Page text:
In response to David’s law-breaking, the Lord gave David three choices. Three years of famine, three months being pursued by his enemies, or three days of pestilence (2 Samuel 24:11–14). David chose a pestilence that resulted in the deaths 70,000 men.

And as David made that choice, he proclaimed that God’s mercy is great.

Christian, do you know this God? Paul said an interesting thing about knowing the Lord in Galatians 4:9: “But now that you have come to know God, or rather to be known by God, how can you turn back again to the weak and worthless elementary principles of the world, whose slaves you want to be once more?”

Do we know Him? Or are we just known by Him?

Both. Many passages in Scripture indicate that we are to know God. So, do we? Do we indeed know Him?

Yes, because He has drawn us into a relationship with Himself, by His grace.

And no. In the amazing 55th chapter of Isaiah, He said, “For my thoughts are not your thoughts, neither are your ways my ways, declares the LORD. For as the heavens are higher than the earth, so are my ways higher than your ways and my thoughts than your thoughts” (Isaiah 55:8–9).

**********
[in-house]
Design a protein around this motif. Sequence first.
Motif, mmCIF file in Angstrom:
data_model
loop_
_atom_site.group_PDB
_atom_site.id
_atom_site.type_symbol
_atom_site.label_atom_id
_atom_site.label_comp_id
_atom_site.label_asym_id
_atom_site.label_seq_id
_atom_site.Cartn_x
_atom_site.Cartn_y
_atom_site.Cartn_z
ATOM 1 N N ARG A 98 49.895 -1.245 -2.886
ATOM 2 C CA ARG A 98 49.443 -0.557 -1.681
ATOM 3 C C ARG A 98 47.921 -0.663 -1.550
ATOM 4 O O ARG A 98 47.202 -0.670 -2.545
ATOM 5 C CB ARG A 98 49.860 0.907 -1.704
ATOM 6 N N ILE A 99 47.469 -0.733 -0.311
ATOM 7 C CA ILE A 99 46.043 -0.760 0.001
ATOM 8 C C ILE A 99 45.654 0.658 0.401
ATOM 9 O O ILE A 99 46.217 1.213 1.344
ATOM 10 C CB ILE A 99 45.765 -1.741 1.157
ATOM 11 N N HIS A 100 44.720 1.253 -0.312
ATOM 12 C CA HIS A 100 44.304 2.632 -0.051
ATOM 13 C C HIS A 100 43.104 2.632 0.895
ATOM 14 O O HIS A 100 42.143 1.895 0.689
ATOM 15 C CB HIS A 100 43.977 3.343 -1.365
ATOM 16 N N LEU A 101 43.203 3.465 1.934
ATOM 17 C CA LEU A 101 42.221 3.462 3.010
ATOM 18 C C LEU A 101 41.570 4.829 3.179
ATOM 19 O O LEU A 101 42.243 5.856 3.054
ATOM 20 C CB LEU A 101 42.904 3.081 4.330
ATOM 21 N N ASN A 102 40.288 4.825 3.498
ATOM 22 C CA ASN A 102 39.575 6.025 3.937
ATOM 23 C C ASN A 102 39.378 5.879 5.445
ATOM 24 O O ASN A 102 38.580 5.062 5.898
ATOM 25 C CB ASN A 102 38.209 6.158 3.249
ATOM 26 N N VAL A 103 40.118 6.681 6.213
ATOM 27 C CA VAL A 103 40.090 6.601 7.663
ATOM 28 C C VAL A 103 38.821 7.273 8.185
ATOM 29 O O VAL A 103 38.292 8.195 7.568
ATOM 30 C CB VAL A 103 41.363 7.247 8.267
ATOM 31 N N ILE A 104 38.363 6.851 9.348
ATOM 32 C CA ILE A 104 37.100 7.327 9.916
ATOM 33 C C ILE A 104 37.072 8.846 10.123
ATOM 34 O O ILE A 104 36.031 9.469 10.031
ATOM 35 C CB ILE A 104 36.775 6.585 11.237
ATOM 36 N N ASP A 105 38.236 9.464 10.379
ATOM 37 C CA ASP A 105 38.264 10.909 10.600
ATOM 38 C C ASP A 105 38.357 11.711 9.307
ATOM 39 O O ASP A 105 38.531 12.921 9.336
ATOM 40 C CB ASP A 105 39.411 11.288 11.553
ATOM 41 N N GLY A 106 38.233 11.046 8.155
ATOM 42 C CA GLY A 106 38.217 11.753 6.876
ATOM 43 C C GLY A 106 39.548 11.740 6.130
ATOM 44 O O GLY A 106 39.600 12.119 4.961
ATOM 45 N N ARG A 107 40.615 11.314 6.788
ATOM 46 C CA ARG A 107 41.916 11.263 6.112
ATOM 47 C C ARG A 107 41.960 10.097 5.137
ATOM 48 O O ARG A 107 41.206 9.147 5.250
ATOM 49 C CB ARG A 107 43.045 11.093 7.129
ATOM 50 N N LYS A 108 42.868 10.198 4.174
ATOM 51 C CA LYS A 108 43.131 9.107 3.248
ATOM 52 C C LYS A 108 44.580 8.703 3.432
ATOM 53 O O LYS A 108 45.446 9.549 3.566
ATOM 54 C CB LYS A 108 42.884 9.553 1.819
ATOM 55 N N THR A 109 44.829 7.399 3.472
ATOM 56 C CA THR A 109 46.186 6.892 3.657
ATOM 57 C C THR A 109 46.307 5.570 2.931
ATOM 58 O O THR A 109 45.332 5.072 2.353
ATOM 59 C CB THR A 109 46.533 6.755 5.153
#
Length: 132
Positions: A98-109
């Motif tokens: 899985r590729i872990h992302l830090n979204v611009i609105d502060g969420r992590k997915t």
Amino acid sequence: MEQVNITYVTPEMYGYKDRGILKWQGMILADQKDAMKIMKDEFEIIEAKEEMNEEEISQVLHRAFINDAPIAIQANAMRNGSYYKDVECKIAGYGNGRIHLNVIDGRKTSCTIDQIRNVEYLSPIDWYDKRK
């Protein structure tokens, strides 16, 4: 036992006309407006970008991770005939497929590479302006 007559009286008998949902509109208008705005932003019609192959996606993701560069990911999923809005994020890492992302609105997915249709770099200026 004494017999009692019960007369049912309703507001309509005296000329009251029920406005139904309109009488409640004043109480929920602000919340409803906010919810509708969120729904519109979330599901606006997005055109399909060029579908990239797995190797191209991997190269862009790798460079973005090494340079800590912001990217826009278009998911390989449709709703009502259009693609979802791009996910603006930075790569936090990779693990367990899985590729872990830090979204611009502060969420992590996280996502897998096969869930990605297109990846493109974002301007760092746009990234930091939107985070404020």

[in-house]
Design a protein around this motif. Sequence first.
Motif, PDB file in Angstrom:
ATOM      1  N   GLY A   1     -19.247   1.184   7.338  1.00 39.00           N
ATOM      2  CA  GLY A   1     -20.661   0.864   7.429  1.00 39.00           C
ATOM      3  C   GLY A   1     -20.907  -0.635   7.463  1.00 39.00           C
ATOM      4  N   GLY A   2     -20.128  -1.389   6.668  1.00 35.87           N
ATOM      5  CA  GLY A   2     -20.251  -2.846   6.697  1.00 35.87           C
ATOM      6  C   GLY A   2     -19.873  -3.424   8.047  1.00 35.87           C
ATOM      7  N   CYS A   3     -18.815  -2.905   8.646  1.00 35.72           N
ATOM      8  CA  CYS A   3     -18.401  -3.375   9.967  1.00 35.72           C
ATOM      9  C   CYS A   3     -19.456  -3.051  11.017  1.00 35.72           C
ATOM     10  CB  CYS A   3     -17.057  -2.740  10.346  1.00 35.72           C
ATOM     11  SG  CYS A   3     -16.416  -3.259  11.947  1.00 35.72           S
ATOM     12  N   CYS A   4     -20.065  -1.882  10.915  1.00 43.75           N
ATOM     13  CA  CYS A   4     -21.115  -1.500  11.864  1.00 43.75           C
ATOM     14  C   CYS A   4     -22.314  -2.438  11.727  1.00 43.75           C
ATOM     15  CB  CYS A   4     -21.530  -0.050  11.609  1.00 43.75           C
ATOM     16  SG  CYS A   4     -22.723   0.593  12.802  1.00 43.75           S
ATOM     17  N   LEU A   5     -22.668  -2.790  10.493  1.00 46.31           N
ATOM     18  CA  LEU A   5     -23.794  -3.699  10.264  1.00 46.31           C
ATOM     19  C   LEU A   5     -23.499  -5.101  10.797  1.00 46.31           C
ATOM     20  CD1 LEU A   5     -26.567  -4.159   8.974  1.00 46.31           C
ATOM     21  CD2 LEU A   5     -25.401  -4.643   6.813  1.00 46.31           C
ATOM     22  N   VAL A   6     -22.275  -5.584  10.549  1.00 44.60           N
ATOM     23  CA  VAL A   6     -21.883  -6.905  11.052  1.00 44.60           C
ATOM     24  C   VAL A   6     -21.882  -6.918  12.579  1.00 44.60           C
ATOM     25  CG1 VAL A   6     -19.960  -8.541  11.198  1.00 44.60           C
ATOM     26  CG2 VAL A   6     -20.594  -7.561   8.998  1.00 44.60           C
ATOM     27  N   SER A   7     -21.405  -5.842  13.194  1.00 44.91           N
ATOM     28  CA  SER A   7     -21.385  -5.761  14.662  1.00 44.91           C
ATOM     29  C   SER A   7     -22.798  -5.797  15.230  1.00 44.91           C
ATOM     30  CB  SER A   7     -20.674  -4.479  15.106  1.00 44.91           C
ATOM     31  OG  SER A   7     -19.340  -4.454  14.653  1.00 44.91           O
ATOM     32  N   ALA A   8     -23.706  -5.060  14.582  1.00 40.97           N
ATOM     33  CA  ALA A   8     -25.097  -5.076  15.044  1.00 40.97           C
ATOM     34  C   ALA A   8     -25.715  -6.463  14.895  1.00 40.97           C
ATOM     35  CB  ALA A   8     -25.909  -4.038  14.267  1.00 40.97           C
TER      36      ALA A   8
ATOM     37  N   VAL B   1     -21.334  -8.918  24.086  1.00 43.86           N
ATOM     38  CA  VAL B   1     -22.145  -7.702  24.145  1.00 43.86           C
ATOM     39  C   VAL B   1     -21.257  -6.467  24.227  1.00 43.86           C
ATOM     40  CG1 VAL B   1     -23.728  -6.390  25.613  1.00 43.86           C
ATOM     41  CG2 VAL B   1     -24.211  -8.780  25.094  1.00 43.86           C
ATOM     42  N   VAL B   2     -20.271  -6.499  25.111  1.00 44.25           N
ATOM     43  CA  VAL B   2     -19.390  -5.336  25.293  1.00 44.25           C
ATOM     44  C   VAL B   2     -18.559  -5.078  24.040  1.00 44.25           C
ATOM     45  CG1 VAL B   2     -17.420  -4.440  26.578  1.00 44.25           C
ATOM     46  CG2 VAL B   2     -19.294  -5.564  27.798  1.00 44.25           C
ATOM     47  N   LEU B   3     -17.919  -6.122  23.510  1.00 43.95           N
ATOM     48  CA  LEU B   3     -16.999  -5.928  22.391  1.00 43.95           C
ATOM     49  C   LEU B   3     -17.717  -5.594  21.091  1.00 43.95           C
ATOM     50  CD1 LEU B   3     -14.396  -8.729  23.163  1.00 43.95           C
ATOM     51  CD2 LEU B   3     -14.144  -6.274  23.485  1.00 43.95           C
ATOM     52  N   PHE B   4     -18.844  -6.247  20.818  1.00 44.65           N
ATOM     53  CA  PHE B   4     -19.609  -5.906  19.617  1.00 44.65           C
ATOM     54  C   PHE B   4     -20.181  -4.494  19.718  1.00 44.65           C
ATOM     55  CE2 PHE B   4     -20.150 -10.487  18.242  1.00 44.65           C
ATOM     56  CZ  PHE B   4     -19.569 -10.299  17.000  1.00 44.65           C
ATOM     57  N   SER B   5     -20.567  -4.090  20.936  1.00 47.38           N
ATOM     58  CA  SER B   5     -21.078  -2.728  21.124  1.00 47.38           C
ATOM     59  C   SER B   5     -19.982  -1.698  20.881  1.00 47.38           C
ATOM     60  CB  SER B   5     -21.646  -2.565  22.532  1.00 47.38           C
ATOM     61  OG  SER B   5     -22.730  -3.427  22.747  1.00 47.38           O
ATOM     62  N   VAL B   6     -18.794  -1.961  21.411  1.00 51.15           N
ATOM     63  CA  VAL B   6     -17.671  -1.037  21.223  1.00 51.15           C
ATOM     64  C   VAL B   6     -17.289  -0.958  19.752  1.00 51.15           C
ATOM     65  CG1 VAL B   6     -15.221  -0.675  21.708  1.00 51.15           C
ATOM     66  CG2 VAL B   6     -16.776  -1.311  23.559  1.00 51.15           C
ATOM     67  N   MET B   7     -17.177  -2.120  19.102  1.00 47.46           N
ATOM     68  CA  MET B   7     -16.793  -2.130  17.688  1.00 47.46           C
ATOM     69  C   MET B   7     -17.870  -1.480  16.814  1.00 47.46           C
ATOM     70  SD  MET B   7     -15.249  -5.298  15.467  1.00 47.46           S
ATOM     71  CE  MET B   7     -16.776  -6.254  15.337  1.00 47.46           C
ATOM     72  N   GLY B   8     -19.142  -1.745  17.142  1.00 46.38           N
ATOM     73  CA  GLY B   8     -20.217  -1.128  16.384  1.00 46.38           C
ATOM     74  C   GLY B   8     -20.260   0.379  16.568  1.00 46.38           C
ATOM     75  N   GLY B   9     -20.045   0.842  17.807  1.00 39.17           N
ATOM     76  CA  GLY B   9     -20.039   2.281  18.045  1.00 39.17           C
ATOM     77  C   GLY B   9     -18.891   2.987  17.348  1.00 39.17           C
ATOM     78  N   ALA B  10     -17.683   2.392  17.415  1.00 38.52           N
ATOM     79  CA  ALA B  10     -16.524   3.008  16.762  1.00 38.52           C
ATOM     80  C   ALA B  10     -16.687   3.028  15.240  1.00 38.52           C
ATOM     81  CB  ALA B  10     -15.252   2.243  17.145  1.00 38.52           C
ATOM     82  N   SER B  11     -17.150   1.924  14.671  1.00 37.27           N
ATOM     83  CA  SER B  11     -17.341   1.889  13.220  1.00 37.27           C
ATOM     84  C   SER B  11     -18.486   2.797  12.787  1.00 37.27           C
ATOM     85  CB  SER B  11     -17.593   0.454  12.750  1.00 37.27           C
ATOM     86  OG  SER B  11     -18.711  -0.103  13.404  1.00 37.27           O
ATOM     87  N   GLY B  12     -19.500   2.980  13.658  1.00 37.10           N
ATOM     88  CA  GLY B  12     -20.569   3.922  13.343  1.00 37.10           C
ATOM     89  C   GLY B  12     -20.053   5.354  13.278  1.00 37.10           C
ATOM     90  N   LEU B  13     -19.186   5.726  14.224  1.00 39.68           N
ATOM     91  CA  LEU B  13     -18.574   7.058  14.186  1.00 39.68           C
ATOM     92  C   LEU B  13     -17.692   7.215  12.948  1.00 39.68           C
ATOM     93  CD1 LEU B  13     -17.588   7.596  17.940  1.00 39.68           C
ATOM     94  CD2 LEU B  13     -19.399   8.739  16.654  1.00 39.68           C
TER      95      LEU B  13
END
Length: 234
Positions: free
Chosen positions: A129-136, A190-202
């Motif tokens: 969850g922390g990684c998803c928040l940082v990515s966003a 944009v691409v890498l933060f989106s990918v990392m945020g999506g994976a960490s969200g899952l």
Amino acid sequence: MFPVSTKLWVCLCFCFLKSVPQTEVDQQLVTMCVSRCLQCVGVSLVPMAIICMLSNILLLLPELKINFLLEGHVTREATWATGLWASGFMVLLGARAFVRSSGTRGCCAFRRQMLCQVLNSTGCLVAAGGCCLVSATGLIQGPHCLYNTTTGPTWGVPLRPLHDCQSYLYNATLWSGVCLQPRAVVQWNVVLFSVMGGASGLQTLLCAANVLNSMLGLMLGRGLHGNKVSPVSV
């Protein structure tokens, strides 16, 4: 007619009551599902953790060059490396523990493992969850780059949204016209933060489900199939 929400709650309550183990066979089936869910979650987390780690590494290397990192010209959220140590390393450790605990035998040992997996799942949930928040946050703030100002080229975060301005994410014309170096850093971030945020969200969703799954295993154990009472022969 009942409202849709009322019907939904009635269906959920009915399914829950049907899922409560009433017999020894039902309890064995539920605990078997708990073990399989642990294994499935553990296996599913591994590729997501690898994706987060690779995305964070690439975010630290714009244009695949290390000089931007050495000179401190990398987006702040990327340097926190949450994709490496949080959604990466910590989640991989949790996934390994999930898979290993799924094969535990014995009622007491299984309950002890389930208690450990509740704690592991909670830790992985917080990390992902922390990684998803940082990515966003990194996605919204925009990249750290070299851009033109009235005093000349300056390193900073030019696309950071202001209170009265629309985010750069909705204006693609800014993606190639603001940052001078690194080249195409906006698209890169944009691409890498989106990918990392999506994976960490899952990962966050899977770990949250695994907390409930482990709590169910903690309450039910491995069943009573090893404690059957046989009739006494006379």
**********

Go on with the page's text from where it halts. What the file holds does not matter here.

The fullness of that knowledge is yet to come. “Beloved, we are God’s children now, and what we will be has not yet appeared; but we know that when he appears we shall be like him, because we shall see him as he is” (1 John 3:2). Until then, we are, as Paul admitted, often “perplexed” in our afflictions (2 Corinthians 4:7–10).

Fellow Christian, welcome to a relationship with the greatest Being in the universe—the sovereign, loving God, Creator of all things, the sacrificial Servant of all.

1All Scripture quotations are from The Holy Bible: English Standard Version. (2016). Wheaton: Standard Bible Society.

2 Ryan J. Pemberton, “Ezekiel’s Embodied Phrophetic Voice,” Bible Study Magazine, January/February 2017, 28.